Quantum and Advanced Optics

Subject PHYC90006 (2015)

Note: This is an archived Handbook entry from 2015.

Credit Points: 12.5
Level: 9 (Graduate/Postgraduate)
Dates & Locations:

This subject has the following teaching availabilities in 2015:

Semester 2, Parkville - Taught on campus.
Pre-teaching Period Start not applicable
Teaching Period 27-Jul-2015 to 25-Oct-2015
Assessment Period End 20-Nov-2015
Last date to Self-Enrol 07-Aug-2015
Census Date 31-Aug-2015
Last date to Withdraw without fail 25-Sep-2015

Timetable can be viewed here. For information about these dates, click here.
Time Commitment: Contact Hours: 36 hours comprising 3 one-hour lectures/week
Total Time Commitment:

170 hours

Study Period Commencement:
Credit Points:
Semester 1

and the following subject, or equivalent

Study Period Commencement:
Credit Points:


Recommended Background Knowledge:


Non Allowed Subjects:


Core Participation Requirements:

It is University policy to take all reasonable steps to minimise the impact of disability upon academic study and reasonable steps will be made to enhance a student's participation in the University's programs. Students who feel their disability may impact upon their participation are encouraged to discuss this with the subject coordinator and the Disability Liaison Unit.


Assoc Prof Jeffrey Mccallum


Email: msc@physics.unimelb.edu.au

Subject Overview:

Optics and photonics are vibrant international research areas, advancing many aspects of modern life. From the determination of the structure and function of biomolecules to the study of stars and galaxies; from high-efficiency lighting to innovative display technologies, our understanding of optics relies on fundamental underpinnings in advanced quantum mechanics and wave theory.

The course includes the foundations of modern optical theory, including Fourier transforms in optics and diffraction-based imaging; non-linear optical processes such as generation of white light from femtosecond laser pulses, gigahertz optical modulators, and liquid crystal displays; light-atom interactions, the Einstein description of lasers, and optical Bloch equations; holography; quantumoptics including zero-point energy and vacuum fluctuations; quantum states of light and quantum squeezing; laser cooling of atoms, atom interferometry, and Bose-Einstein condensation.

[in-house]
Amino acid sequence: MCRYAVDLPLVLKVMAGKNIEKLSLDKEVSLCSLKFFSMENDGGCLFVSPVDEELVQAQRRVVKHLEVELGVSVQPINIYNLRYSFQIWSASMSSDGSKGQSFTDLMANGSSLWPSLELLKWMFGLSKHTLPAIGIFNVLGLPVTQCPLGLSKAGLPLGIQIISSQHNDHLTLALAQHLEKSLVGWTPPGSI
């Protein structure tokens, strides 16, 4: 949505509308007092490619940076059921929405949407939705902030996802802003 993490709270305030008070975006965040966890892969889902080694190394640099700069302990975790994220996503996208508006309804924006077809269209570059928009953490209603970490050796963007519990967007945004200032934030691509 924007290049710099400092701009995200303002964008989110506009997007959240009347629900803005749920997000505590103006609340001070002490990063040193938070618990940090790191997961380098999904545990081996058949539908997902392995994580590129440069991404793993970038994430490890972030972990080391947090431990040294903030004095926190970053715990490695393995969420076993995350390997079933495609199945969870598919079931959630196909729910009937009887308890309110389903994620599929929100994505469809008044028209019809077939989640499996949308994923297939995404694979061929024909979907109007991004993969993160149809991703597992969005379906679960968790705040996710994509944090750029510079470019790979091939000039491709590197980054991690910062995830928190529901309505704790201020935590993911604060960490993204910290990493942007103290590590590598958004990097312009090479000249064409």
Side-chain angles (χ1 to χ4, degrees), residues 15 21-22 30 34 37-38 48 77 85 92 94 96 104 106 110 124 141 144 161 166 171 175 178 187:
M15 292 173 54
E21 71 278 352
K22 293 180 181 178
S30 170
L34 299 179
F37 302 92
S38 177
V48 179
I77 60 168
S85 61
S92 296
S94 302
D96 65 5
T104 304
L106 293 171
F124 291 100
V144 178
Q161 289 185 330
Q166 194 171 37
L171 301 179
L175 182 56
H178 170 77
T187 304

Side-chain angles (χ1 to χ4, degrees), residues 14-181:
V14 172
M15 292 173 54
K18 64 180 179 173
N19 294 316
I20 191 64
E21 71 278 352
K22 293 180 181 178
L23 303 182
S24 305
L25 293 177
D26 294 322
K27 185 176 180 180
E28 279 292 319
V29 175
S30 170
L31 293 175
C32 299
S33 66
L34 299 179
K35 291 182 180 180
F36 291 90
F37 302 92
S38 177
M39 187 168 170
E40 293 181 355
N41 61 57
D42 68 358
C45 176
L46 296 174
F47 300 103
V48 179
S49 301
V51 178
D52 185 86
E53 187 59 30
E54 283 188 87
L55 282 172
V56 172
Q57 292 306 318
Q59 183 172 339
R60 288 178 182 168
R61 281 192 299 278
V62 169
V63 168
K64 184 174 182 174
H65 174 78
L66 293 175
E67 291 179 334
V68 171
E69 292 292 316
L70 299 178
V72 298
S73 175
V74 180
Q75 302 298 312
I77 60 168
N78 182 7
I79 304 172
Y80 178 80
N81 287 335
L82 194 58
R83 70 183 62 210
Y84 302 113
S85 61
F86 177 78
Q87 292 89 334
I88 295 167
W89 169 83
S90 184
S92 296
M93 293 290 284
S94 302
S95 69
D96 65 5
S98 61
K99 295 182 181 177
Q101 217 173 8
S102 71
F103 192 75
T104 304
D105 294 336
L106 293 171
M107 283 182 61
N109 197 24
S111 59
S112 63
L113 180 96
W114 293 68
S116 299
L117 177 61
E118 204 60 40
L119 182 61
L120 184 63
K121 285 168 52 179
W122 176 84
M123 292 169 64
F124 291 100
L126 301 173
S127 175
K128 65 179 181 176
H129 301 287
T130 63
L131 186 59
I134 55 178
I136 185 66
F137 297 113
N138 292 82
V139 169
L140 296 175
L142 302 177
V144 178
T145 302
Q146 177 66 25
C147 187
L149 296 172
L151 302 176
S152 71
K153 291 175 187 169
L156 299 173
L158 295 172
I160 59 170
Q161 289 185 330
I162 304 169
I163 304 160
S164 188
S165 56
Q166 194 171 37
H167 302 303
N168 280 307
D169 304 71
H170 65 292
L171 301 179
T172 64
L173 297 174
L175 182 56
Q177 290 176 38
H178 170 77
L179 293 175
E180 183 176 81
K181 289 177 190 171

Students will develop both analytic and computational problem-solving methods, the latter using standard tools such as MATLAB.

Learning Outcomes:

The objectives of this subject are to provide:

  • understanding of classical optical diffraction theory and development of the ability to solve quantitative problems using the canonical mathematical techniques of that theory, in particular Fourier methods;
  • knowledge of important optical and photonic applications of classical wave theory, in imaging and non-linear optical processes;
  • understanding the semi-classical model of light-atom interactions, and its applications to laser theory and laser cooling of atoms;
  • a rigorous understanding of the quantum nature of light, including both photon statistics and non-classical fields;
  • an appreciation of the technological relevance of modern physical and quantum optics.

Four assignments totalling up to 36 pages of written work (20%), spaced equally during the semester, plus one 4-hour end-of-semester written examination (80%).

Prescribed Texts:


Recommended Texts:

Fundamentals of Photonics, 2e, BEA Saleh and MC Teich, Wiley.

The quantum theory of light, 2e, R Loudon, Oxford.

Introduction to Fourier Optics, JW Goodman, McGraw-Hill.

Optics, 4e, E Hecht, Addison-Wesley.

Breadth Options:

This subject is not available as a breadth subject.

Fees Information: Subject EFTSL, Level, Discipline & Census Date
Generic Skills:

At the completion of this subject, students should have gained skills in:

  • analysing how to solve a problem by applying simple fundamental laws to more complicated situations;
  • applying abstract concepts to real-world situations;
  • solving relatively complicated problems using approximations;
  • participating as an effective member of a group in discussions and collaborative assignments;
  • managing time effectively in order to be prepared for group discussions and undertake the assignments and exam.

Students undertaking this subject will be expected to access a computer occasionally. Computational facilities will be provided within the School.

Related Course(s): Master of Philosophy - Engineering
Master of Science (Physics)
Ph.D.- Engineering
Related Majors/Minors/Specialisations: Physics

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